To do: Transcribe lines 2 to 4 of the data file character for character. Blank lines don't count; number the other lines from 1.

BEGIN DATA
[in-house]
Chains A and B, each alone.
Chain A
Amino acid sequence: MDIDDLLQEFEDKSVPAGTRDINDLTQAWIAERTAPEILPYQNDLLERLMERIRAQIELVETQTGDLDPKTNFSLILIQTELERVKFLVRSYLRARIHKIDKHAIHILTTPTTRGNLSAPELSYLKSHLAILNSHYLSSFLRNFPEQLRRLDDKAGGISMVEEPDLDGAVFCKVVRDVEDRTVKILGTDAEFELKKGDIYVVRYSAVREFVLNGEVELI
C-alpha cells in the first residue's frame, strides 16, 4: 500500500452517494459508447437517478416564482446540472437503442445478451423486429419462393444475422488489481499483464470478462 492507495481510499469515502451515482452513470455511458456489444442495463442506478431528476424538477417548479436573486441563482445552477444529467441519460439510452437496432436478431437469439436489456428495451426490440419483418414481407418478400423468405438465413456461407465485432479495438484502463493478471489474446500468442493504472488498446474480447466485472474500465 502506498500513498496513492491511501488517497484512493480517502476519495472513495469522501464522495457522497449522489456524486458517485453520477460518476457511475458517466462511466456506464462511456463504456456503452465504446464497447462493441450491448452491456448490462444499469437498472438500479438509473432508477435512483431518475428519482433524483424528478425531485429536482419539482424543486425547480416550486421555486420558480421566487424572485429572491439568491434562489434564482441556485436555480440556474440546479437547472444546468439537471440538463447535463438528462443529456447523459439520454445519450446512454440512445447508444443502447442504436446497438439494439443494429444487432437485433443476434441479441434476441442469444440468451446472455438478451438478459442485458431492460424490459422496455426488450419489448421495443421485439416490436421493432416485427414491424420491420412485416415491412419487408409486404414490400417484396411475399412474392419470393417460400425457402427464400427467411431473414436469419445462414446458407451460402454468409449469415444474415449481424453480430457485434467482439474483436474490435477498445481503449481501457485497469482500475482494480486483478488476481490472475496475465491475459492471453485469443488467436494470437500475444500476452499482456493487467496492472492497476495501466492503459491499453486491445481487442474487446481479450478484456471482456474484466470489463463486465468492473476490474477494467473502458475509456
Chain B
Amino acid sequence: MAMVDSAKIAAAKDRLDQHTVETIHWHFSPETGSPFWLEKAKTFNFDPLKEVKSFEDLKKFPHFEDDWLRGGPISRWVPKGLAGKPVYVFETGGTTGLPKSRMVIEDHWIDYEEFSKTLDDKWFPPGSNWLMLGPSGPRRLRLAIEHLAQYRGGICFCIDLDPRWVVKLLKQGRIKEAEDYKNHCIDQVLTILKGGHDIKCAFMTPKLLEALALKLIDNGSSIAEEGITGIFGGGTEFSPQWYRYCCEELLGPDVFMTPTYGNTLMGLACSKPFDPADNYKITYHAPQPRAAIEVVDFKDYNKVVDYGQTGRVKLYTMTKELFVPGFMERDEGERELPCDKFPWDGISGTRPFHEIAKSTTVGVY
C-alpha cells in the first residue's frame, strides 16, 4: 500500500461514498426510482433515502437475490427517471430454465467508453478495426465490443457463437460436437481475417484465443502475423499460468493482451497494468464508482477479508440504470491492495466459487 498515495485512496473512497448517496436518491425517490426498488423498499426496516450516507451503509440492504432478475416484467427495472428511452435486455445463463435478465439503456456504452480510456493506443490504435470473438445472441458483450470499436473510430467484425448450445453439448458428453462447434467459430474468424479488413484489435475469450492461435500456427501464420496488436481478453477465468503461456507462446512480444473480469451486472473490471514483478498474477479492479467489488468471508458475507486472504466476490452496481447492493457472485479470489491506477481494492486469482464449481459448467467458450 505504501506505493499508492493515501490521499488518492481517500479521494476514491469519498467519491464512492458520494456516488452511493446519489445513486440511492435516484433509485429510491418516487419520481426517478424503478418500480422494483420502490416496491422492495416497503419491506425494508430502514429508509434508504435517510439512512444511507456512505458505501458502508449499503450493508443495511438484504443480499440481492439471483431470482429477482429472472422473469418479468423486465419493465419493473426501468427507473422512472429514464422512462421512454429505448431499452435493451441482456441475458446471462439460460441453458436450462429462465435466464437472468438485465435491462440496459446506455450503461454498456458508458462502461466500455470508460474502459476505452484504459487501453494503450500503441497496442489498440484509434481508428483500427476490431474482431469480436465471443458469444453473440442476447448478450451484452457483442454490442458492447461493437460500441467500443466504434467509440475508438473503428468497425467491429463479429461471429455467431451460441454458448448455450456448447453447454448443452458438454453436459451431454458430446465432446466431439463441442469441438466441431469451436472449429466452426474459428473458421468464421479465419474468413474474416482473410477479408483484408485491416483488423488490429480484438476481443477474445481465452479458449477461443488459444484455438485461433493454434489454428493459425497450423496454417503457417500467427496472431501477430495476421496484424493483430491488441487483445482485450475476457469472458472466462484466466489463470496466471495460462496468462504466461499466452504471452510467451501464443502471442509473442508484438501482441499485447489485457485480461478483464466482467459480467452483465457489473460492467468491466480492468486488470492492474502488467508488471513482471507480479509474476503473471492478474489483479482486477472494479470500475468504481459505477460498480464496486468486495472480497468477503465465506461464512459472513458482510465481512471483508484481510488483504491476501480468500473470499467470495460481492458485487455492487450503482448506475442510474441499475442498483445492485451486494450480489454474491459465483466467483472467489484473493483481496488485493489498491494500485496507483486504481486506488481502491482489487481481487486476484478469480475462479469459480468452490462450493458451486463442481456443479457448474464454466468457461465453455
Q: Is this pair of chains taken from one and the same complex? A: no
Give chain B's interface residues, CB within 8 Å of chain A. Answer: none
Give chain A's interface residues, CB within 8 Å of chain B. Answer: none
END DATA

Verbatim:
Chains A and B, each alone.
Chain A
Amino acid sequence: MDIDDLLQEFEDKSVPAGTRDINDLTQAWIAERTAPEILPYQNDLLERLMERIRAQIELVETQTGDLDPKTNFSLILIQTELERVKFLVRSYLRARIHKIDKHAIHILTTPTTRGNLSAPELSYLKSHLAILNSHYLSSFLRNFPEQLRRLDDKAGGISMVEEPDLDGAVFCKVVRDVEDRTVKILGTDAEFELKKGDIYVVRYSAVREFVLNGEVELI